University of California, San Diego Jacobs School of Engineering Professor Gert Lanckriet has been recognized by MIT Technology Reviewmagazine as one of the world’s top young innovators for 2011. The magazine’s TR35 Honoree list recognizes the world’s top innovators under the age of 35, spanning energy, medicine, computing, communications, nanotechnology, and other emerging fields. Full Story

Wearable Electronics Demonstrate Promise of Brain-Machine Interfaces

Research conducted by a new member of the bioengineering faculty at the University of California, San Diego has demonstrated that a thin flexible, skin-like device, mounted with tiny electronic components, is capable of acquiring electrical signals from the brain and skeletal muscles and potentially transmitting the information wirelessly to an external computer. The development, published Aug. 12 in the journal Science, means that in the future, patients struggling with reduced motor or brain function, or research subjects, could be monitored in their natural environment outside the lab. It also opens up a slew of previously unimaginable possibilities in the field of brain-machine interfaces well beyond biomedical applications, said Professor Todd Coleman, who joined the Department of Bioengineering at the UC San Diego Jacobs School of Engineering this summer. Full Story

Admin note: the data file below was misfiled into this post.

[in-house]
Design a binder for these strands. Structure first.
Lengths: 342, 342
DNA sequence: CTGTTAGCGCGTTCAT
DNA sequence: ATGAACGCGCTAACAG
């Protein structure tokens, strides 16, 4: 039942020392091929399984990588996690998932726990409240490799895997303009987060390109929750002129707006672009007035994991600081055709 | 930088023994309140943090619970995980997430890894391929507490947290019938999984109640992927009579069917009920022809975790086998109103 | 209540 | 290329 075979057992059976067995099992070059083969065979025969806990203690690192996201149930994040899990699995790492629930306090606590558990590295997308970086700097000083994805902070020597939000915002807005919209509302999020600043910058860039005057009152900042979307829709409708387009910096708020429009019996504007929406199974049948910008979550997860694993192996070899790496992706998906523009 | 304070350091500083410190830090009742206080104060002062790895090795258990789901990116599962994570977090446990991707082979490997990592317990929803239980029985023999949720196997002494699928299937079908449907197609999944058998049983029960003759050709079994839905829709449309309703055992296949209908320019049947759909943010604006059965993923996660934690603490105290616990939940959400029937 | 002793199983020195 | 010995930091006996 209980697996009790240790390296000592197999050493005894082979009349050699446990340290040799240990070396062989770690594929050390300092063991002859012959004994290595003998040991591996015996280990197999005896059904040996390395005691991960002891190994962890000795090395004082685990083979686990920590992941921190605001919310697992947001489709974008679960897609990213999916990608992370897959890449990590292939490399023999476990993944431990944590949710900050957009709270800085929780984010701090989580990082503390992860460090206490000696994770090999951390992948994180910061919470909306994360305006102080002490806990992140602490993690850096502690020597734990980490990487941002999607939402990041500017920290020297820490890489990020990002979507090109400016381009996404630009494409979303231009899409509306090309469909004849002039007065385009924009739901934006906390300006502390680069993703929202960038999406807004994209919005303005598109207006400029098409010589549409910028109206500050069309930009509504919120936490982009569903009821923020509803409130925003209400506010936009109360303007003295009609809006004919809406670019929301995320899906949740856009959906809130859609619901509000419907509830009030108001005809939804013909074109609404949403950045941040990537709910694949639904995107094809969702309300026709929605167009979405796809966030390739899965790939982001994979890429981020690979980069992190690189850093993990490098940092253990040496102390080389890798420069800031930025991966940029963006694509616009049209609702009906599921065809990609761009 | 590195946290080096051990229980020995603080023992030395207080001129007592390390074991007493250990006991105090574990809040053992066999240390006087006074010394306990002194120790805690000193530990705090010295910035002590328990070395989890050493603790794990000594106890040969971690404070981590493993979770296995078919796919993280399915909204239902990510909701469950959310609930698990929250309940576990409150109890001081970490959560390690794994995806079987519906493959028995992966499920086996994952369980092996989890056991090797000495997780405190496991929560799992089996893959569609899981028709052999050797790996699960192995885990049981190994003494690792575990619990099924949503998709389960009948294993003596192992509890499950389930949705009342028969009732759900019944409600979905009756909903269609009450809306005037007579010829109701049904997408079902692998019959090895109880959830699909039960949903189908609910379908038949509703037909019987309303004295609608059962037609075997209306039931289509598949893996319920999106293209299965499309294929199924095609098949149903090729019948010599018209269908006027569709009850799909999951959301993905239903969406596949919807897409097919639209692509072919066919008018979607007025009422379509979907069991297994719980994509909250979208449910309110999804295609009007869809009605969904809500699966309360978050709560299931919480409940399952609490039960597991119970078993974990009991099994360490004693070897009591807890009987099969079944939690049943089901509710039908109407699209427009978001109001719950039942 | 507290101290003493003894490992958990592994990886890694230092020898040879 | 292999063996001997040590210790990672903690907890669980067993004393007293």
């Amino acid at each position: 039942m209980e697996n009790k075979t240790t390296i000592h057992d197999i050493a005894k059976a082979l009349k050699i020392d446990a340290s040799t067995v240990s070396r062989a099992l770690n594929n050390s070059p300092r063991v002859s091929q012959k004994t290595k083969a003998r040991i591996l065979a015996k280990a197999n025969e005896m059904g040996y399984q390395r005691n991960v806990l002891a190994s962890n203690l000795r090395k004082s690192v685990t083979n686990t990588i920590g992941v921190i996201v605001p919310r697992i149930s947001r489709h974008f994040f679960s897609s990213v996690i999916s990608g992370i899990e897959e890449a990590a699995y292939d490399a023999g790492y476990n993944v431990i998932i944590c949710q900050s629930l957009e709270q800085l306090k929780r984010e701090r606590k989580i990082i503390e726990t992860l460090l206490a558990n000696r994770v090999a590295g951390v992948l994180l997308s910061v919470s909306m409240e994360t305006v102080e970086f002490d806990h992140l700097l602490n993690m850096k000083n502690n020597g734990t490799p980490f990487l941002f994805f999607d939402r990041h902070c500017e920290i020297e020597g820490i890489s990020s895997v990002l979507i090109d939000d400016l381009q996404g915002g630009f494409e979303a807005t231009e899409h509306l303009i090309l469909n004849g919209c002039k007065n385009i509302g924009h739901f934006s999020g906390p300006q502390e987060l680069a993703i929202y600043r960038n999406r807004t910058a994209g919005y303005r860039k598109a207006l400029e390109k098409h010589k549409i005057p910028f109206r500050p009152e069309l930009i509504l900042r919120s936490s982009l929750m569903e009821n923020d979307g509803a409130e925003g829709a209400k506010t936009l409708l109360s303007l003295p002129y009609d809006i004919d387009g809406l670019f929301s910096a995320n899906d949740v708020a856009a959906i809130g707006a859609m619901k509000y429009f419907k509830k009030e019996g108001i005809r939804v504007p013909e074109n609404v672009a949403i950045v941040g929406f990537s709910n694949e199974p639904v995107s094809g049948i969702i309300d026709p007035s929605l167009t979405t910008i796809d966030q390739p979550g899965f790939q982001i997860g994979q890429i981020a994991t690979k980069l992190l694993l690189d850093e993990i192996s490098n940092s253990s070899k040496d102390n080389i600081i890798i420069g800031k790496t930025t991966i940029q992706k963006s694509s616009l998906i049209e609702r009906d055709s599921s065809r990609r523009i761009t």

UC San Diego's Bill Ping Piu Kuo Named 2011 Young Scholar by the Marconi Society

Bill Ping Piu Kuo, a photonics student who is about to receive his doctorate in electrical engineering from the University of California, San Diego, is one of three students worldwide to be honored by the prestigious Marconi Society. He was selected a Marconi Young Scholar in part because of key work developing wideband optical parametric mixers and ultrafast transmission schemes to send and receive signals of unprecedented speed and quality – and with record low power consumption.  The Marconi Young Scholar award is given to candidates who show the potential to win the Marconi Prize – the equivalent of the Nobel Prize in communications science – at some point in the future. Full Story